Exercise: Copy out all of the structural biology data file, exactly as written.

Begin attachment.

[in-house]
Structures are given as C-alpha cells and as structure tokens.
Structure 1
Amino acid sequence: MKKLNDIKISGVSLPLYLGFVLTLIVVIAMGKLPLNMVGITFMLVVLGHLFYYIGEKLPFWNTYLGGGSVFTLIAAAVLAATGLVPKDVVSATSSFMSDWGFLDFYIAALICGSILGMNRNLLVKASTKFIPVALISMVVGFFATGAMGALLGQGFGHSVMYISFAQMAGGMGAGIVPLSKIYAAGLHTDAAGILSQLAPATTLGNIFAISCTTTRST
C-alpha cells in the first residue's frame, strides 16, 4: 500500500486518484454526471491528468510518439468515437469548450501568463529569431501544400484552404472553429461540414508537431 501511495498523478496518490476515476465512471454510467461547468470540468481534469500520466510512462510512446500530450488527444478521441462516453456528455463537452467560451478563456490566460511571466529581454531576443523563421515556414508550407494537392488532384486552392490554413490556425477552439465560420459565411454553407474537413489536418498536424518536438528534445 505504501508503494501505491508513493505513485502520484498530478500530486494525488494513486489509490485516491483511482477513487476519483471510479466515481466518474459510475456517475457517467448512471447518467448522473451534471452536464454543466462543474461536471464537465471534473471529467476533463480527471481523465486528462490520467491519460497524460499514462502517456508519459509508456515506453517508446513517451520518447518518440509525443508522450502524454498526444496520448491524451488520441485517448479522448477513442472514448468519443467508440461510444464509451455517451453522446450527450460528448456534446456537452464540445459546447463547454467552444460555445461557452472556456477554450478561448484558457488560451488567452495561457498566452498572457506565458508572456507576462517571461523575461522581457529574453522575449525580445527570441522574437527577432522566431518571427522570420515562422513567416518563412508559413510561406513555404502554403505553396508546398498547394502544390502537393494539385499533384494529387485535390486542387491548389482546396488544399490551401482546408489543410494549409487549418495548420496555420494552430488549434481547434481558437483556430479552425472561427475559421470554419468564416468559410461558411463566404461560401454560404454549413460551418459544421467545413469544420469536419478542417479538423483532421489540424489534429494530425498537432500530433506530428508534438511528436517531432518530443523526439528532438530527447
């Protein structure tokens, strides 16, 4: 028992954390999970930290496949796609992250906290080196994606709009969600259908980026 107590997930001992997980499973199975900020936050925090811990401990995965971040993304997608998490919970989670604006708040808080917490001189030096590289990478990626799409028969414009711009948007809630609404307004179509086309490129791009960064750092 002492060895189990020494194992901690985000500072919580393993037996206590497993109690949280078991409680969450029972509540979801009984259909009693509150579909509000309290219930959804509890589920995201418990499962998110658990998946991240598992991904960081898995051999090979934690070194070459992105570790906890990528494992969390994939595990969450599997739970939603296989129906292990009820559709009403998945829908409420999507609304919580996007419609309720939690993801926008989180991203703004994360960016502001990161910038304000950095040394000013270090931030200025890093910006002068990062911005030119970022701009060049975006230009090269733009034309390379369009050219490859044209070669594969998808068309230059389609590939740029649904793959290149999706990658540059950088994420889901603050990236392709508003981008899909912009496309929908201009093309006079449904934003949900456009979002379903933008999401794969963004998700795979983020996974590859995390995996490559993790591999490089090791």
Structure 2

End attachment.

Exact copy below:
[in-house]
Structures are given as C-alpha cells and as structure tokens.
Structure 1
Amino acid sequence: MKKLNDIKISGVSLPLYLGFVLTLIVVIAMGKLPLNMVGITFMLVVLGHLFYYIGEKLPFWNTYLGGGSVFTLIAAAVLAATGLVPKDVVSATSSFMSDWGFLDFYIAALICGSILGMNRNLLVKASTKFIPVALISMVVGFFATGAMGALLGQGFGHSVMYISFAQMAGGMGAGIVPLSKIYAAGLHTDAAGILSQLAPATTLGNIFAISCTTTRST
C-alpha cells in the first residue's frame, strides 16, 4: 500500500486518484454526471491528468510518439468515437469548450501568463529569431501544400484552404472553429461540414508537431 501511495498523478496518490476515476465512471454510467461547468470540468481534469500520466510512462510512446500530450488527444478521441462516453456528455463537452467560451478563456490566460511571466529581454531576443523563421515556414508550407494537392488532384486552392490554413490556425477552439465560420459565411454553407474537413489536418498536424518536438528534445 505504501508503494501505491508513493505513485502520484498530478500530486494525488494513486489509490485516491483511482477513487476519483471510479466515481466518474459510475456517475457517467448512471447518467448522473451534471452536464454543466462543474461536471464537465471534473471529467476533463480527471481523465486528462490520467491519460497524460499514462502517456508519459509508456515506453517508446513517451520518447518518440509525443508522450502524454498526444496520448491524451488520441485517448479522448477513442472514448468519443467508440461510444464509451455517451453522446450527450460528448456534446456537452464540445459546447463547454467552444460555445461557452472556456477554450478561448484558457488560451488567452495561457498566452498572457506565458508572456507576462517571461523575461522581457529574453522575449525580445527570441522574437527577432522566431518571427522570420515562422513567416518563412508559413510561406513555404502554403505553396508546398498547394502544390502537393494539385499533384494529387485535390486542387491548389482546396488544399490551401482546408489543410494549409487549418495548420496555420494552430488549434481547434481558437483556430479552425472561427475559421470554419468564416468559410461558411463566404461560401454560404454549413460551418459544421467545413469544420469536419478542417479538423483532421489540424489534429494530425498537432500530433506530428508534438511528436517531432518530443523526439528532438530527447
């Protein structure tokens, strides 16, 4: 028992954390999970930290496949796609992250906290080196994606709009969600259908980026 107590997930001992997980499973199975900020936050925090811990401990995965971040993304997608998490919970989670604006708040808080917490001189030096590289990478990626799409028969414009711009948007809630609404307004179509086309490129791009960064750092 002492060895189990020494194992901690985000500072919580393993037996206590497993109690949280078991409680969450029972509540979801009984259909009693509150579909509000309290219930959804509890589920995201418990499962998110658990998946991240598992991904960081898995051999090979934690070194070459992105570790906890990528494992969390994939595990969450599997739970939603296989129906292990009820559709009403998945829908409420999507609304919580996007419609309720939690993801926008989180991203703004994360960016502001990161910038304000950095040394000013270090931030200025890093910006002068990062911005030119970022701009060049975006230009090269733009034309390379369009050219490859044209070669594969998808068309230059389609590939740029649904793959290149999706990658540059950088994420889901603050990236392709508003981008899909912009496309929908201009093309006079449904934003949900456009979002379903933008999401794969963004998700795979983020996974590859995390995996490559993790591999490089090791």
Structure 2